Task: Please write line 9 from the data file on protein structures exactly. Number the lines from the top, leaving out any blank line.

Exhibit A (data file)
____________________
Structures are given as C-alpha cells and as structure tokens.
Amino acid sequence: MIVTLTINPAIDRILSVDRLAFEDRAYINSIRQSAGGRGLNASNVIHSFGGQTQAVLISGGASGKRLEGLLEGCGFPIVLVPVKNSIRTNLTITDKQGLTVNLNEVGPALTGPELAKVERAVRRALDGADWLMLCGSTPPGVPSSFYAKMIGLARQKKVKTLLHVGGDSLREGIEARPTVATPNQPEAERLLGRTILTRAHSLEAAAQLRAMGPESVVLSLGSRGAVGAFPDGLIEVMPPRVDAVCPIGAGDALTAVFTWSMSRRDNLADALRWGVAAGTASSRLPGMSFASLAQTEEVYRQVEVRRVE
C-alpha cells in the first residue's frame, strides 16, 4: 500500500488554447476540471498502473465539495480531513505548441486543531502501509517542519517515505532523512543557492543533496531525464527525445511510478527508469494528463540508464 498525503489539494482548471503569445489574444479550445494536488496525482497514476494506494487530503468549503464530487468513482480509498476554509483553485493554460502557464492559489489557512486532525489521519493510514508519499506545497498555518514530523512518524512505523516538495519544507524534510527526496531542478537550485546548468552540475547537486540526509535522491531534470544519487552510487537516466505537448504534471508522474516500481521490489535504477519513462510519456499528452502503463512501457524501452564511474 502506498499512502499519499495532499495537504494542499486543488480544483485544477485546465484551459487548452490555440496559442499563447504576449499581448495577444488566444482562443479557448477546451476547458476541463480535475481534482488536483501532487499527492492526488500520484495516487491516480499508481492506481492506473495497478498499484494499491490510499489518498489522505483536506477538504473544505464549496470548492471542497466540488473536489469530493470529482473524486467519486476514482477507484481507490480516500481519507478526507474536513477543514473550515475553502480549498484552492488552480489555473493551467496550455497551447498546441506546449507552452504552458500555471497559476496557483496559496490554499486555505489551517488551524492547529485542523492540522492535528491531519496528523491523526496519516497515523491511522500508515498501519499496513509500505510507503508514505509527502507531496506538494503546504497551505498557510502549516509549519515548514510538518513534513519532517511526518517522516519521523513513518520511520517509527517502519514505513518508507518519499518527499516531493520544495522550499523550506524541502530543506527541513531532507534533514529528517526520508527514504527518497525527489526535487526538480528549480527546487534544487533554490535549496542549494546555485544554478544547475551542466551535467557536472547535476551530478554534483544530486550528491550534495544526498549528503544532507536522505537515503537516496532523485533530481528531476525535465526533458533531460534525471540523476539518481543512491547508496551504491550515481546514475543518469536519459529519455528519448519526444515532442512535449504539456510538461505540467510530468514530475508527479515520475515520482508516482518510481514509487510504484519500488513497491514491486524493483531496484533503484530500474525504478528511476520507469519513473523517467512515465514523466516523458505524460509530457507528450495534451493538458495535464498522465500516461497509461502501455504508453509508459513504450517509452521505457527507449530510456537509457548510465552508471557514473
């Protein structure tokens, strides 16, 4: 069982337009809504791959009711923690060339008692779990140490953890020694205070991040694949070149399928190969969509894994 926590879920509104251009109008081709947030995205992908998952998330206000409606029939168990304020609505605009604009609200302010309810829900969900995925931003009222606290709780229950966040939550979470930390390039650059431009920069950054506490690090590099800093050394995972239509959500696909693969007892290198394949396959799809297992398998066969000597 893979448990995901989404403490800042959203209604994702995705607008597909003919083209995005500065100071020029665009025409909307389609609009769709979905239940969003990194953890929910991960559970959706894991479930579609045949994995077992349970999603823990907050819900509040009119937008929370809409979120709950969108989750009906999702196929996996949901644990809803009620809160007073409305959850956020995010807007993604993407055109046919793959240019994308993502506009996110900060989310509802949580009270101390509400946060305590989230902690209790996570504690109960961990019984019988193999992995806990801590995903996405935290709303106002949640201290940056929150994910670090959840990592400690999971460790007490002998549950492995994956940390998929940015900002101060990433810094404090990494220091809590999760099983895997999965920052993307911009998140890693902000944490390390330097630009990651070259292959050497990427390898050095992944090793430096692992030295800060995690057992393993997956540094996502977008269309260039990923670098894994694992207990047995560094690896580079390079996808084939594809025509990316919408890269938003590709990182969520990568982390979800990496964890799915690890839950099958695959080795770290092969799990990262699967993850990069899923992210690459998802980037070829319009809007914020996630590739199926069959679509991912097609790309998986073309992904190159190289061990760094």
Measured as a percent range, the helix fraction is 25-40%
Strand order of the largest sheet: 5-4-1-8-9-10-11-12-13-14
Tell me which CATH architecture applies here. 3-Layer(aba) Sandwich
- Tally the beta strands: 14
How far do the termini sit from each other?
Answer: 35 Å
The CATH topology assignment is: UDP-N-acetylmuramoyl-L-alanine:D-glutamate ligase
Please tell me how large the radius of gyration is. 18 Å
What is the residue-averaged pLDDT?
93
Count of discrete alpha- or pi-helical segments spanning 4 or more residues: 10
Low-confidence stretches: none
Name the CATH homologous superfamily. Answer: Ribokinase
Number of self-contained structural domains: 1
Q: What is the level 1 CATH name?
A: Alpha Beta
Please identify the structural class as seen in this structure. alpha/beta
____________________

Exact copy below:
How far do the termini sit from each other?